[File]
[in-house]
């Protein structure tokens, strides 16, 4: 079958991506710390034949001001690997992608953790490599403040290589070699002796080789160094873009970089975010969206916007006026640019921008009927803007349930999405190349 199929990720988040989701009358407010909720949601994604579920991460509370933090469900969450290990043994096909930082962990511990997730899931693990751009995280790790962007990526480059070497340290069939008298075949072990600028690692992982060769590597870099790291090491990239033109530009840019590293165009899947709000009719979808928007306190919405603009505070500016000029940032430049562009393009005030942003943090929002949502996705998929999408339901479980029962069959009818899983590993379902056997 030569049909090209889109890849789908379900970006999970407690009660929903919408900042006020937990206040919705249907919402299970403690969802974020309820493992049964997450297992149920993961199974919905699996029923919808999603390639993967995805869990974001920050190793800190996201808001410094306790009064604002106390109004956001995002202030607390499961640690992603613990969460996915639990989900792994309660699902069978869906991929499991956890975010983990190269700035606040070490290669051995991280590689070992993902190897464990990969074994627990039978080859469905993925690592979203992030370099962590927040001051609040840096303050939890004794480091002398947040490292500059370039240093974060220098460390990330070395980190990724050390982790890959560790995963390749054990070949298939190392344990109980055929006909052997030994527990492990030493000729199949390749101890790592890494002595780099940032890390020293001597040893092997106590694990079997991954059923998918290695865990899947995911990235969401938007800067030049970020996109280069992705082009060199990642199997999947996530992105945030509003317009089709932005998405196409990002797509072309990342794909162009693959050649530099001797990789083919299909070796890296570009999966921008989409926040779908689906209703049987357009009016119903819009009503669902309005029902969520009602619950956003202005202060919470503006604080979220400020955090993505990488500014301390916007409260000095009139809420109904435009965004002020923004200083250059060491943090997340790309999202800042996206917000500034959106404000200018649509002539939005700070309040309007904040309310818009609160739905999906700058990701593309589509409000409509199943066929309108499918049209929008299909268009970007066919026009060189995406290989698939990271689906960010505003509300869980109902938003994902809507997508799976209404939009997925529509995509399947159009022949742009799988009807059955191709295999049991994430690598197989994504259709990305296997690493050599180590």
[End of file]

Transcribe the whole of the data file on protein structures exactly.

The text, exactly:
[in-house]
């Protein structure tokens, strides 16, 4: 079958991506710390034949001001690997992608953790490599403040290589070699002796080789160094873009970089975010969206916007006026640019921008009927803007349930999405190349 199929990720988040989701009358407010909720949601994604579920991460509370933090469900969450290990043994096909930082962990511990997730899931693990751009995280790790962007990526480059070497340290069939008298075949072990600028690692992982060769590597870099790291090491990239033109530009840019590293165009899947709000009719979808928007306190919405603009505070500016000029940032430049562009393009005030942003943090929002949502996705998929999408339901479980029962069959009818899983590993379902056997 030569049909090209889109890849789908379900970006999970407690009660929903919408900042006020937990206040919705249907919402299970403690969802974020309820493992049964997450297992149920993961199974919905699996029923919808999603390639993967995805869990974001920050190793800190996201808001410094306790009064604002106390109004956001995002202030607390499961640690992603613990969460996915639990989900792994309660699902069978869906991929499991956890975010983990190269700035606040070490290669051995991280590689070992993902190897464990990969074994627990039978080859469905993925690592979203992030370099962590927040001051609040840096303050939890004794480091002398947040490292500059370039240093974060220098460390990330070395980190990724050390982790890959560790995963390749054990070949298939190392344990109980055929006909052997030994527990492990030493000729199949390749101890790592890494002595780099940032890390020293001597040893092997106590694990079997991954059923998918290695865990899947995911990235969401938007800067030049970020996109280069992705082009060199990642199997999947996530992105945030509003317009089709932005998405196409990002797509072309990342794909162009693959050649530099001797990789083919299909070796890296570009999966921008989409926040779908689906209703049987357009009016119903819009009503669902309005029902969520009602619950956003202005202060919470503006604080979220400020955090993505990488500014301390916007409260000095009139809420109904435009965004002020923004200083250059060491943090997340790309999202800042996206917000500034959106404000200018649509002539939005700070309040309007904040309310818009609160739905999906700058990701593309589509409000409509199943066929309108499918049209929008299909268009970007066919026009060189995406290989698939990271689906960010505003509300869980109902938003994902809507997508799976209404939009997925529509995509399947159009022949742009799988009807059955191709295999049991994430690598197989994504259709990305296997690493050599180590």